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$153 = 3^2 \cdot 17$ so lets assume there are $s_3$ $3$-Sylow-Subgroups and $s_{17}$ $17$-Sylow-Subgroups. We know that $s_3 \mid 153$ so $s_3 \in \{1,3,9,17,51,153\}$ and $s_{17} \in \{1,17,51\}$. Due to the rule that the number of $p$-Sylow-Subgroups $s$ must satisfy

$$ 1 + pk = s$$

for some $k \in \mathbb{N}_0$. That leaves $1 = s_3 = s_{17}$. Is that correct? Now those two Subgroups $H_3, H_{17}$ are cyclic and abelain. How do I draw a conclusion about all possible groups of order 153 with this information?

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1 Answer 1

up vote 5 down vote accepted

Sylow theory says that it has normal (=unique) Sylow p-subgroups $N$ and $S$ of order 9 and 17 respectively. Since $G$ is clearly a direct sum of these two subgroups, it suffices to show that the subgroups are Abelian.

$S$ is cyclic, hence abelian. You should be able to tell us why $N$ (the Sylow of order 9) is also abelian.

Hint: The center of $N$ is nontrivial, so it could have order 3 or 9. If it's order 9 then we're done (because it's abelian!) Thus, you just have to show why the center can't have order 3.

This is a classic exercise that would be relevant for this last part. One version of it goes "If $Z$ is a subgroup of the center of $G$ and $G/Z$ is cyclic, then $G$ is abelian."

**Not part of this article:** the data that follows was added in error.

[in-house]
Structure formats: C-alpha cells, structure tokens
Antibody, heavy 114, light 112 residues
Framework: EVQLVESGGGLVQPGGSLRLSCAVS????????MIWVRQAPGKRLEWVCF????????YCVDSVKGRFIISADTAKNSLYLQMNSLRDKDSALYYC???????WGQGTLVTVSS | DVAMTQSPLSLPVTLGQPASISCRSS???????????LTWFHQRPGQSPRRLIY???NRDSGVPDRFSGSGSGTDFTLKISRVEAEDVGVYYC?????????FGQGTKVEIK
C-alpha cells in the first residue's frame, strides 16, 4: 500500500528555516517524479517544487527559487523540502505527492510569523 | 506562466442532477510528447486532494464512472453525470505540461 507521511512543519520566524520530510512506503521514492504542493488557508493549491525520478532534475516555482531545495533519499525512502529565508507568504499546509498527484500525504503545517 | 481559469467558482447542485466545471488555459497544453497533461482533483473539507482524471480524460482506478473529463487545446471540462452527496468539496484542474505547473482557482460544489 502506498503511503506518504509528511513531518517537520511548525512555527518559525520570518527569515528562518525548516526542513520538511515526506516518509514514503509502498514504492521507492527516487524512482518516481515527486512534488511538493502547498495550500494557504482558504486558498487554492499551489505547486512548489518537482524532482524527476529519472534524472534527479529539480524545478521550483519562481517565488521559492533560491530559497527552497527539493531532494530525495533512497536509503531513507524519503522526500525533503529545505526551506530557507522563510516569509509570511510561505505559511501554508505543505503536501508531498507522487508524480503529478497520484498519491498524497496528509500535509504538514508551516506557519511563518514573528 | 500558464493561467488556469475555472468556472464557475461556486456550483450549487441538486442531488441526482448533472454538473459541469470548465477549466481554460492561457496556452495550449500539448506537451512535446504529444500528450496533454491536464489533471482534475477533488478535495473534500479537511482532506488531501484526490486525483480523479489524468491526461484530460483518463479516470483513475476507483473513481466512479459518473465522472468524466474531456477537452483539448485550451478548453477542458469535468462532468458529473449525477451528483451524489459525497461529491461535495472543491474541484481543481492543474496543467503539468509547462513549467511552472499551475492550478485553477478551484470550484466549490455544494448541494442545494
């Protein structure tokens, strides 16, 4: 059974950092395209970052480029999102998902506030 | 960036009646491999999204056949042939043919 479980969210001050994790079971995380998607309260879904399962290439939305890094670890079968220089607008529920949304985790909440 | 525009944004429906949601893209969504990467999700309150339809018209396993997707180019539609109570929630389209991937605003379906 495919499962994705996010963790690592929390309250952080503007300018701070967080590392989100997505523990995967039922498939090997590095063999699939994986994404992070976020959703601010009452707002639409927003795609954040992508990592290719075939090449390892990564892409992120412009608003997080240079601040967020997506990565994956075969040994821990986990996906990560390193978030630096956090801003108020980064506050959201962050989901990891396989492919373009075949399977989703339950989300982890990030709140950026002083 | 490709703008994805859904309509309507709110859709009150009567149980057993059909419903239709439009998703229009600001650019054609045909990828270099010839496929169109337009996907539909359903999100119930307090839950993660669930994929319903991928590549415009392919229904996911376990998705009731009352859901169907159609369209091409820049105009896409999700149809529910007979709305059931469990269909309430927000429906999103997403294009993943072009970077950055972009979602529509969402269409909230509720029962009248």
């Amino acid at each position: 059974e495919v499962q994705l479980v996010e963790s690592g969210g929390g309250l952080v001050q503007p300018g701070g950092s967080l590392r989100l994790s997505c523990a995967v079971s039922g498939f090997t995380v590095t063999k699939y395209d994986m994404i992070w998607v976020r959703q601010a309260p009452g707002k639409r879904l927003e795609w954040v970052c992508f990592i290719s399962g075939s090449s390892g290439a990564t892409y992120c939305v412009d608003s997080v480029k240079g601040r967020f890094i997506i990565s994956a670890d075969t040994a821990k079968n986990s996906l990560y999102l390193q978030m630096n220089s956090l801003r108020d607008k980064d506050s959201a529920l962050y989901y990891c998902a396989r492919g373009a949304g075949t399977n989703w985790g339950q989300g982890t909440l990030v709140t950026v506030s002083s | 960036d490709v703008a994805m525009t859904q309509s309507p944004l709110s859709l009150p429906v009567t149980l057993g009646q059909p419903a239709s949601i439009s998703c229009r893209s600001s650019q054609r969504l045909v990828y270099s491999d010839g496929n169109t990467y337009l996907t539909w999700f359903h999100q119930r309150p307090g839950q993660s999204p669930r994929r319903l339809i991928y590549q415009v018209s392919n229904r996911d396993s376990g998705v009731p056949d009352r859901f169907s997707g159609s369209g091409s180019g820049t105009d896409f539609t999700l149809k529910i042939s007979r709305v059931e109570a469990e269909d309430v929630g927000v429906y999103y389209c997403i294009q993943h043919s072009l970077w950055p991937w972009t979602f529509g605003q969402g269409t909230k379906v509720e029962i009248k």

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@tomasz They certainly have trivial intersection, and so their product is a subgroup of $G$ of order $9*17$, therefore there are not many options! –  rschwieb Aug 24 '12 at 14:31
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@tomasz I think the concerns you have are dealt with when proving the basic formula that works in finite groups: $|NH|=|N|\cdot|H|/|N\cap H|$ –  rschwieb Aug 24 '12 at 16:24
    
@tomasz They're both normal, $N\cap H=\{1\}$ and $NH=G$... I'm now aware of any additional criterion necessary for identifying it as an internal direct sum... –  rschwieb Aug 24 '12 at 18:34

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